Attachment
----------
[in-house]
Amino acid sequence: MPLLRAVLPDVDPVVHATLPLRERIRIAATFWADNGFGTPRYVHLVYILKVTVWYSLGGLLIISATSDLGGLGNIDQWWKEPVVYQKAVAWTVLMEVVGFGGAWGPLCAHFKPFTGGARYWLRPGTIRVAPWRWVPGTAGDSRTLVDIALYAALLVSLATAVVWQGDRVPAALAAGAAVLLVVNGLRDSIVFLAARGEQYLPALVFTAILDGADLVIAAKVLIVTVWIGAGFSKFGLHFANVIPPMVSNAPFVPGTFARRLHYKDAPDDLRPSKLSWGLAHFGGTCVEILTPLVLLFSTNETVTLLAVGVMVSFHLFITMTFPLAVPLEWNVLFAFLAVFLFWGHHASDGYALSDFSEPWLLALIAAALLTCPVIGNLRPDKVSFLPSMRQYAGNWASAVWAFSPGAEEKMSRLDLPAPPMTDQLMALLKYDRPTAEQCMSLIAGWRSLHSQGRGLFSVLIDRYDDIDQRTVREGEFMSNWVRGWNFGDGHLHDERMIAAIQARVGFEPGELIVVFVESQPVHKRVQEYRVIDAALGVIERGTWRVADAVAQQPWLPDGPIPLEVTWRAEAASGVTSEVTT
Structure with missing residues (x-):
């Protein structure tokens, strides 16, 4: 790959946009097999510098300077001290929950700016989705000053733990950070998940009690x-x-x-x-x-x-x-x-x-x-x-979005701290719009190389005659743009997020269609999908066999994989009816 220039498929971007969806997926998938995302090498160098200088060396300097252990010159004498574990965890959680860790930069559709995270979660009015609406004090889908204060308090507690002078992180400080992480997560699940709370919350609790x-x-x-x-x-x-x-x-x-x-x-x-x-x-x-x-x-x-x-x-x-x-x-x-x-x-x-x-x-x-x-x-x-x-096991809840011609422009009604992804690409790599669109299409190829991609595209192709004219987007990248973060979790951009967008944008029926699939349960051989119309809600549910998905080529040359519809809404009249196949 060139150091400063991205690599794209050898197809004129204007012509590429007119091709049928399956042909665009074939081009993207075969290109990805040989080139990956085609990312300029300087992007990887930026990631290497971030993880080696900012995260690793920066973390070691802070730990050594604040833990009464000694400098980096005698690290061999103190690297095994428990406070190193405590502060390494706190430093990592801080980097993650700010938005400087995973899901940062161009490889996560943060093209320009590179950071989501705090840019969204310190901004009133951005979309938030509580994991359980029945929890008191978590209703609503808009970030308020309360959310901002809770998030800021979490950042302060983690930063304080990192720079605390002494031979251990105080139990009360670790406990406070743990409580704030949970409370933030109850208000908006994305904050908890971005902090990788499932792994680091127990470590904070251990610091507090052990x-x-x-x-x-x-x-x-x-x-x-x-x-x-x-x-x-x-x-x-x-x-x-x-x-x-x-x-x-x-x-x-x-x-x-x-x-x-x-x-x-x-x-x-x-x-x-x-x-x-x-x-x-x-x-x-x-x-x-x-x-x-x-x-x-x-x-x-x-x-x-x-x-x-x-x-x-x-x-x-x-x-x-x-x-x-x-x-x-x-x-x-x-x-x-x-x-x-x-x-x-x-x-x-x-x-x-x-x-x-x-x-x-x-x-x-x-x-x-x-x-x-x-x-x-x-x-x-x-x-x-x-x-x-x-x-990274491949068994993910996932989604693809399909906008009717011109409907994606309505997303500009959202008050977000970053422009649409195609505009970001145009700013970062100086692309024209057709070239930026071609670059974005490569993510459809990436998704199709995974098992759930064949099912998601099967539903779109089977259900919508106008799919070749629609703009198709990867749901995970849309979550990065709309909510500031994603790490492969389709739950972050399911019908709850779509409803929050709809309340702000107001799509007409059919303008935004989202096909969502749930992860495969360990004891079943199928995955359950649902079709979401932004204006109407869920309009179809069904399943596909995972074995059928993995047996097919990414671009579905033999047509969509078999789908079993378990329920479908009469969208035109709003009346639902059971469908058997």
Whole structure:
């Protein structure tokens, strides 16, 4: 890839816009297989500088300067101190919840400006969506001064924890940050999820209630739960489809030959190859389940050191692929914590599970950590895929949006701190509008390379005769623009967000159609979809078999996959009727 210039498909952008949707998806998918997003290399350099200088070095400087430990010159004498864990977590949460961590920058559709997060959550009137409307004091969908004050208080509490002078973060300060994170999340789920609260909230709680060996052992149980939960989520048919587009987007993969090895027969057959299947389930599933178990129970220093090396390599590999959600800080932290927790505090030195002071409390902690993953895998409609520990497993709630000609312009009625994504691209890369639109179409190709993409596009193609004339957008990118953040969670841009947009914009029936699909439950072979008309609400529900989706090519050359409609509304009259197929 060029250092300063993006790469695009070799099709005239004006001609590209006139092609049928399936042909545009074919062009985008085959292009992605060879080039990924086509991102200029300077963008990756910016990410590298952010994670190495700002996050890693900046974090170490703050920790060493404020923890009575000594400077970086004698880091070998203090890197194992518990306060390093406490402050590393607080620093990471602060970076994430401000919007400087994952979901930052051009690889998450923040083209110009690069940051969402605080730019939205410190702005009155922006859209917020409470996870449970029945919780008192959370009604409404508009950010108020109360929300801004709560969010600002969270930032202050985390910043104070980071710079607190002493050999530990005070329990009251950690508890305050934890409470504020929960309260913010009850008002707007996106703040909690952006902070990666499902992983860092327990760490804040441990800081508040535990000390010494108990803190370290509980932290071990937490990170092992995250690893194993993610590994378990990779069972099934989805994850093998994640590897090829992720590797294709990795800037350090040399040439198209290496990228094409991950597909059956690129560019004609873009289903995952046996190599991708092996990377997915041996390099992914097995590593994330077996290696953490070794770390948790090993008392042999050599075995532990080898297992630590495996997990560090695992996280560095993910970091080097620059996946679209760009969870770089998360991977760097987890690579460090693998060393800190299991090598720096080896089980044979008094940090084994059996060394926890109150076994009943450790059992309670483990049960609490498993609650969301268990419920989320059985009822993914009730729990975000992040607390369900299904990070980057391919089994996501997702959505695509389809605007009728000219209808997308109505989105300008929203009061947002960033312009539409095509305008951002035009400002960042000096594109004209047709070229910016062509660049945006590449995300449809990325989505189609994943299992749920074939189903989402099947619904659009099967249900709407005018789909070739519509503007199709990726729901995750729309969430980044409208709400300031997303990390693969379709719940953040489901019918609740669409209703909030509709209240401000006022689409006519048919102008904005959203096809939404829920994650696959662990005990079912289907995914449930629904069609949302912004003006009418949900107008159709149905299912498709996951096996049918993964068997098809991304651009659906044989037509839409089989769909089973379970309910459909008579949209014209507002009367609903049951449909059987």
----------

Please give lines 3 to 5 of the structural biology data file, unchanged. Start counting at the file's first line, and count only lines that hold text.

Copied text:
Structure with missing residues (x-):
């Protein structure tokens, strides 16, 4: 790959946009097999510098300077001290929950700016989705000053733990950070998940009690x-x-x-x-x-x-x-x-x-x-x-979005701290719009190389005659743009997020269609999908066999994989009816 220039498929971007969806997926998938995302090498160098200088060396300097252990010159004498574990965890959680860790930069559709995270979660009015609406004090889908204060308090507690002078992180400080992480997560699940709370919350609790x-x-x-x-x-x-x-x-x-x-x-x-x-x-x-x-x-x-x-x-x-x-x-x-x-x-x-x-x-x-x-x-x-x-096991809840011609422009009604992804690409790599669109299409190829991609595209192709004219987007990248973060979790951009967008944008029926699939349960051989119309809600549910998905080529040359519809809404009249196949 060139150091400063991205690599794209050898197809004129204007012509590429007119091709049928399956042909665009074939081009993207075969290109990805040989080139990956085609990312300029300087992007990887930026990631290497971030993880080696900012995260690793920066973390070691802070730990050594604040833990009464000694400098980096005698690290061999103190690297095994428990406070190193405590502060390494706190430093990592801080980097993650700010938005400087995973899901940062161009490889996560943060093209320009590179950071989501705090840019969204310190901004009133951005979309938030509580994991359980029945929890008191978590209703609503808009970030308020309360959310901002809770998030800021979490950042302060983690930063304080990192720079605390002494031979251990105080139990009360670790406990406070743990409580704030949970409370933030109850208000908006994305904050908890971005902090990788499932792994680091127990470590904070251990610091507090052990x-x-x-x-x-x-x-x-x-x-x-x-x-x-x-x-x-x-x-x-x-x-x-x-x-x-x-x-x-x-x-x-x-x-x-x-x-x-x-x-x-x-x-x-x-x-x-x-x-x-x-x-x-x-x-x-x-x-x-x-x-x-x-x-x-x-x-x-x-x-x-x-x-x-x-x-x-x-x-x-x-x-x-x-x-x-x-x-x-x-x-x-x-x-x-x-x-x-x-x-x-x-x-x-x-x-x-x-x-x-x-x-x-x-x-x-x-x-x-x-x-x-x-x-x-x-x-x-x-x-x-x-x-x-x-x-990274491949068994993910996932989604693809399909906008009717011109409907994606309505997303500009959202008050977000970053422009649409195609505009970001145009700013970062100086692309024209057709070239930026071609670059974005490569993510459809990436998704199709995974098992759930064949099912998601099967539903779109089977259900919508106008799919070749629609703009198709990867749901995970849309979550990065709309909510500031994603790490492969389709739950972050399911019908709850779509409803929050709809309340702000107001799509007409059919303008935004989202096909969502749930992860495969360990004891079943199928995955359950649902079709979401932004204006109407869920309009179809069904399943596909995972074995059928993995047996097919990414671009579905033999047509969509078999789908079993378990329920479908009469969208035109709003009346639902059971469908058997």
Whole structure: